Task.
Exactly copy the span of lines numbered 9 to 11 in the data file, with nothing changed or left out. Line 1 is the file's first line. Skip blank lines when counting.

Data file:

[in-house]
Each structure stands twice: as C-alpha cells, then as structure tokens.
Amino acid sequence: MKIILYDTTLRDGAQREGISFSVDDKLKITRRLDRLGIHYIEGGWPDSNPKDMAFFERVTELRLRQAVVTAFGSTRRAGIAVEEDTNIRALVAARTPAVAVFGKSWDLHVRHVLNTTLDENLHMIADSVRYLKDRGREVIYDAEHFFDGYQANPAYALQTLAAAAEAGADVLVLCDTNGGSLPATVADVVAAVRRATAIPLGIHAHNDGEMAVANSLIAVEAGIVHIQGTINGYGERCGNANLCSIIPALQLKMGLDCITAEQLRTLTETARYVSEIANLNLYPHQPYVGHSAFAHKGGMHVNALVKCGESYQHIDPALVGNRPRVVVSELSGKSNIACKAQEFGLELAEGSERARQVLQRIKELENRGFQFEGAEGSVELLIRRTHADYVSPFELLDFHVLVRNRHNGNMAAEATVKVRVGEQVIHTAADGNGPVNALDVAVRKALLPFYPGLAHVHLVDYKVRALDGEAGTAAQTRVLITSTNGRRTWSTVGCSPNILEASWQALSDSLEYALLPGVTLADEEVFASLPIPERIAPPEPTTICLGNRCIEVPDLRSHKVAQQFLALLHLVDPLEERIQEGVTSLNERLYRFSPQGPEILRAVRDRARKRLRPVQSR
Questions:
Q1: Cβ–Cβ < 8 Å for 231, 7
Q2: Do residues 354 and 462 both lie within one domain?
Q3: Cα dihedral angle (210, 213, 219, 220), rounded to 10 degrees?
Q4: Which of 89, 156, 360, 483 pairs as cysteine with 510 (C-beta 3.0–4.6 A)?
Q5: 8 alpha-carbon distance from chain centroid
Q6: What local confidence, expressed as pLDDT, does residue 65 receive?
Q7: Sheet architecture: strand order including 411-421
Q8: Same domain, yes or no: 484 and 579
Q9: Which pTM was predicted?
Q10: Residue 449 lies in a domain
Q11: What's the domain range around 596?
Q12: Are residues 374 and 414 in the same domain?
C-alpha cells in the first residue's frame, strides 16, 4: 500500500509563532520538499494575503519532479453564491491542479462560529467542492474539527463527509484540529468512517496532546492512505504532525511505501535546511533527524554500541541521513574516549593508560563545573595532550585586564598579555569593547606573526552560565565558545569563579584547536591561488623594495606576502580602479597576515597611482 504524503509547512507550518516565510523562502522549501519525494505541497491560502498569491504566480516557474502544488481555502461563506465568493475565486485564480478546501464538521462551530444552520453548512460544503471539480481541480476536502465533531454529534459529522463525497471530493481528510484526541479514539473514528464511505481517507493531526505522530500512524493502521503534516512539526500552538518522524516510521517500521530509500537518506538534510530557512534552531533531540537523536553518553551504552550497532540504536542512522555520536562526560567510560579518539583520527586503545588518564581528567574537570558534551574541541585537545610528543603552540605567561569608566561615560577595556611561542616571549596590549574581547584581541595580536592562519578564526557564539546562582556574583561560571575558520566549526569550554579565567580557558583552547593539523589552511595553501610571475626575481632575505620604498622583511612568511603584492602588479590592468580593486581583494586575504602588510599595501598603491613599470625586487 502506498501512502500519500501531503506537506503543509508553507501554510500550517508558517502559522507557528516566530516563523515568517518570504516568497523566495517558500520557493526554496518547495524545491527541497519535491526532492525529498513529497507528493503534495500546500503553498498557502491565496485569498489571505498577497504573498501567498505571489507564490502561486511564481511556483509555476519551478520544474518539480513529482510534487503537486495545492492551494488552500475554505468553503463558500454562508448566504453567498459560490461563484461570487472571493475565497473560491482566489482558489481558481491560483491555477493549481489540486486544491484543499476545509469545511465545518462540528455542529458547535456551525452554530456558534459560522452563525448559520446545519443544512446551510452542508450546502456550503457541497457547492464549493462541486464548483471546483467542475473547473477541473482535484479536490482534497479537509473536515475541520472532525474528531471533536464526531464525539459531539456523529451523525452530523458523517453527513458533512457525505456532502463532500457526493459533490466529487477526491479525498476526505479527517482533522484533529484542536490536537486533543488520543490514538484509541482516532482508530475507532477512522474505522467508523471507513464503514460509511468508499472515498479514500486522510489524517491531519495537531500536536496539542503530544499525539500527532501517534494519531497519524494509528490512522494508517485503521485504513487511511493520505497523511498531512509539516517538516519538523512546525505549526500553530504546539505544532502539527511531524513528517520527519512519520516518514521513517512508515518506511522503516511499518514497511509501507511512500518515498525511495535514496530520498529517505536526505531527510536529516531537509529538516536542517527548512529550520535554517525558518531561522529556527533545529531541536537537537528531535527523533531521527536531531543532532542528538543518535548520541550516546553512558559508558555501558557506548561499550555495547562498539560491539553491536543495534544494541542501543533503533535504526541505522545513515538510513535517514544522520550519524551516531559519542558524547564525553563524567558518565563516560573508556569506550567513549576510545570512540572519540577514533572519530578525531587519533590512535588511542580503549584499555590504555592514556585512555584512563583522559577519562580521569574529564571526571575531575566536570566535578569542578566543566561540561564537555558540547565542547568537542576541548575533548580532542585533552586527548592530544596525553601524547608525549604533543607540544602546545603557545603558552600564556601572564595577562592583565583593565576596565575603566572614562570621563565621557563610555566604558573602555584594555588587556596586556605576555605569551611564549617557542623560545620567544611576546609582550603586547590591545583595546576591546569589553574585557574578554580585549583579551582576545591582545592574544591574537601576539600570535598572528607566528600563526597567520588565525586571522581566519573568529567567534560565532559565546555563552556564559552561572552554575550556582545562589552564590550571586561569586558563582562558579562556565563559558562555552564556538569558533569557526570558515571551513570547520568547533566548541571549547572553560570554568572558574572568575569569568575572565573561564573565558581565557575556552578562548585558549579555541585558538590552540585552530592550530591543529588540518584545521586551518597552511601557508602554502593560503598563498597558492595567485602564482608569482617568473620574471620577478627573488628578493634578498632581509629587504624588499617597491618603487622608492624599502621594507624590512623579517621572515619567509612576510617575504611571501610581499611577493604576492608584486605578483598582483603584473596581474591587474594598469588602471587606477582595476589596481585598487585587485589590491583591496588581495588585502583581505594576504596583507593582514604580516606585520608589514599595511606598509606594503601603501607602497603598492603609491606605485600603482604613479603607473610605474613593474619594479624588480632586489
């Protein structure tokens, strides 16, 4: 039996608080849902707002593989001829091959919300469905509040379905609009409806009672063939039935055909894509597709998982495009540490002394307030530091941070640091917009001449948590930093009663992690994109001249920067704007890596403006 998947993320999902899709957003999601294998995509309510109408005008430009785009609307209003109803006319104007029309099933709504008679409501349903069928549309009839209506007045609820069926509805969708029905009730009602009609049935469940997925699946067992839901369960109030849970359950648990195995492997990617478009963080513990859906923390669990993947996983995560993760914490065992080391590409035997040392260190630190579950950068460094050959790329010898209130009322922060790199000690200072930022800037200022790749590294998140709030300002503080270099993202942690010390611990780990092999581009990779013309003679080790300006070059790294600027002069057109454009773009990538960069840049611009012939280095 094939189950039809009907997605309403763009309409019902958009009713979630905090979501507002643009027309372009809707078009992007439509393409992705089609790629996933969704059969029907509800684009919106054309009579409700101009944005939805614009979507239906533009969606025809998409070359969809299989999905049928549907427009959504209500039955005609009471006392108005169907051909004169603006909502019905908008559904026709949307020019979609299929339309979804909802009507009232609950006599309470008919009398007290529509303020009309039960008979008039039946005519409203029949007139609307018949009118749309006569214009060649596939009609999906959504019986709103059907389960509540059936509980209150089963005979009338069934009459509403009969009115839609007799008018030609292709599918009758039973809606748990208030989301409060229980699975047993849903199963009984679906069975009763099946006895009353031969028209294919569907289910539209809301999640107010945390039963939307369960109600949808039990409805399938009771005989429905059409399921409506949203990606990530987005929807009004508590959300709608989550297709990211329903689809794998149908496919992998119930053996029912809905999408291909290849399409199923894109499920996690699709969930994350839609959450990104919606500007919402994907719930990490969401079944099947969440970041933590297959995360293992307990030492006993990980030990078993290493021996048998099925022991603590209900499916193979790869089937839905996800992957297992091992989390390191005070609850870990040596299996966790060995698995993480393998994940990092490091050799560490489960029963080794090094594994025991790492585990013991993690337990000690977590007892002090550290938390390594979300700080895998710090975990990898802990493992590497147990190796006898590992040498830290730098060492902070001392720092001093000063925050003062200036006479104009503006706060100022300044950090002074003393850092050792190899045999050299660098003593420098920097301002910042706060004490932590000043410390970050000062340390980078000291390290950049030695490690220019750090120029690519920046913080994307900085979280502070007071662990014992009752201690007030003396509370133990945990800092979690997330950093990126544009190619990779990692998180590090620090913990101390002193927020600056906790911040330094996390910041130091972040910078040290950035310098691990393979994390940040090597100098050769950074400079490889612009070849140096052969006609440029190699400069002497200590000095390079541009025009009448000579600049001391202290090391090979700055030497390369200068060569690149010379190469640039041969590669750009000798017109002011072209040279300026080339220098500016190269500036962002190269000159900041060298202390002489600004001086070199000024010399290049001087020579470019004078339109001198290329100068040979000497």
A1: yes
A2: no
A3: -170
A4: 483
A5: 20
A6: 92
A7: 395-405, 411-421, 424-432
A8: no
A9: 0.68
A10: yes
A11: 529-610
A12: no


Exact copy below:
Q5: 8 alpha-carbon distance from chain centroid
Q6: What local confidence, expressed as pLDDT, does residue 65 receive?
Q7: Sheet architecture: strand order including 411-421